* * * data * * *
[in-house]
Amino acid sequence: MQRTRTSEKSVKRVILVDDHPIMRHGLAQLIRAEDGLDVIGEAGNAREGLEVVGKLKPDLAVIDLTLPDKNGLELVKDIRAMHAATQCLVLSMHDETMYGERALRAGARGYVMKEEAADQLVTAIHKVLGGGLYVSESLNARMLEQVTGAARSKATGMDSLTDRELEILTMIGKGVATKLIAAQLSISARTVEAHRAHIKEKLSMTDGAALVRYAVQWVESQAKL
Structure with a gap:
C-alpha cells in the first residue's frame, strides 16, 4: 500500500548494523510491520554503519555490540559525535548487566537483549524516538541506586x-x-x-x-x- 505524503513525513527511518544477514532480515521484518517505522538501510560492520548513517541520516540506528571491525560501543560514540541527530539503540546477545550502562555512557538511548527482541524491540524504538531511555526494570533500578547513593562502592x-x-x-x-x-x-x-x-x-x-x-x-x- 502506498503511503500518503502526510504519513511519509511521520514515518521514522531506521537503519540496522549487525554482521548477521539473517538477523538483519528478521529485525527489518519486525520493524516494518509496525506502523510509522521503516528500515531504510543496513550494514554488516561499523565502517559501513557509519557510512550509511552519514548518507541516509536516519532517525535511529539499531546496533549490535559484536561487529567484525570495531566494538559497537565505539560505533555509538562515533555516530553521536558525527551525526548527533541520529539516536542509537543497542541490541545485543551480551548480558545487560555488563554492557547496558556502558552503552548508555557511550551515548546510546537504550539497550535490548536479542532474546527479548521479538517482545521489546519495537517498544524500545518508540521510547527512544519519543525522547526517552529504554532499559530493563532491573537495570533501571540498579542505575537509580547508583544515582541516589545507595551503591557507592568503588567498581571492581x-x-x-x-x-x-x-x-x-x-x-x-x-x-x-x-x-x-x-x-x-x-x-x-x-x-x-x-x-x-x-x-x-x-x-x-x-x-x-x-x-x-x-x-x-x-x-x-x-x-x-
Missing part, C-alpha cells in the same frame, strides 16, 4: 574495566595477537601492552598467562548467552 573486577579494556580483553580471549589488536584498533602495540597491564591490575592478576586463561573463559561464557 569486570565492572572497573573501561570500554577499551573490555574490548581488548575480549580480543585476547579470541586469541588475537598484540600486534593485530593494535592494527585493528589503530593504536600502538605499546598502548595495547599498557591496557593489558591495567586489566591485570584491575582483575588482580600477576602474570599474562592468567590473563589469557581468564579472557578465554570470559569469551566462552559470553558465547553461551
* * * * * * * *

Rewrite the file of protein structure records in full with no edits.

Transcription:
[in-house]
Amino acid sequence: MQRTRTSEKSVKRVILVDDHPIMRHGLAQLIRAEDGLDVIGEAGNAREGLEVVGKLKPDLAVIDLTLPDKNGLELVKDIRAMHAATQCLVLSMHDETMYGERALRAGARGYVMKEEAADQLVTAIHKVLGGGLYVSESLNARMLEQVTGAARSKATGMDSLTDRELEILTMIGKGVATKLIAAQLSISARTVEAHRAHIKEKLSMTDGAALVRYAVQWVESQAKL
Structure with a gap:
C-alpha cells in the first residue's frame, strides 16, 4: 500500500548494523510491520554503519555490540559525535548487566537483549524516538541506586x-x-x-x-x- 505524503513525513527511518544477514532480515521484518517505522538501510560492520548513517541520516540506528571491525560501543560514540541527530539503540546477545550502562555512557538511548527482541524491540524504538531511555526494570533500578547513593562502592x-x-x-x-x-x-x-x-x-x-x-x-x- 502506498503511503500518503502526510504519513511519509511521520514515518521514522531506521537503519540496522549487525554482521548477521539473517538477523538483519528478521529485525527489518519486525520493524516494518509496525506502523510509522521503516528500515531504510543496513550494514554488516561499523565502517559501513557509519557510512550509511552519514548518507541516509536516519532517525535511529539499531546496533549490535559484536561487529567484525570495531566494538559497537565505539560505533555509538562515533555516530553521536558525527551525526548527533541520529539516536542509537543497542541490541545485543551480551548480558545487560555488563554492557547496558556502558552503552548508555557511550551515548546510546537504550539497550535490548536479542532474546527479548521479538517482545521489546519495537517498544524500545518508540521510547527512544519519543525522547526517552529504554532499559530493563532491573537495570533501571540498579542505575537509580547508583544515582541516589545507595551503591557507592568503588567498581571492581x-x-x-x-x-x-x-x-x-x-x-x-x-x-x-x-x-x-x-x-x-x-x-x-x-x-x-x-x-x-x-x-x-x-x-x-x-x-x-x-x-x-x-x-x-x-x-x-x-x-x-
Missing part, C-alpha cells in the same frame, strides 16, 4: 574495566595477537601492552598467562548467552 573486577579494556580483553580471549589488536584498533602495540597491564591490575592478576586463561573463559561464557 569486570565492572572497573573501561570500554577499551573490555574490548581488548575480549580480543585476547579470541586469541588475537598484540600486534593485530593494535592494527585493528589503530593504536600502538605499546598502548595495547599498557591496557593489558591495567586489566591485570584491575582483575588482580600477576602474570599474562592468567590473563589469557581468564579472557578465554570470559569469551566462552559470553558465547553461551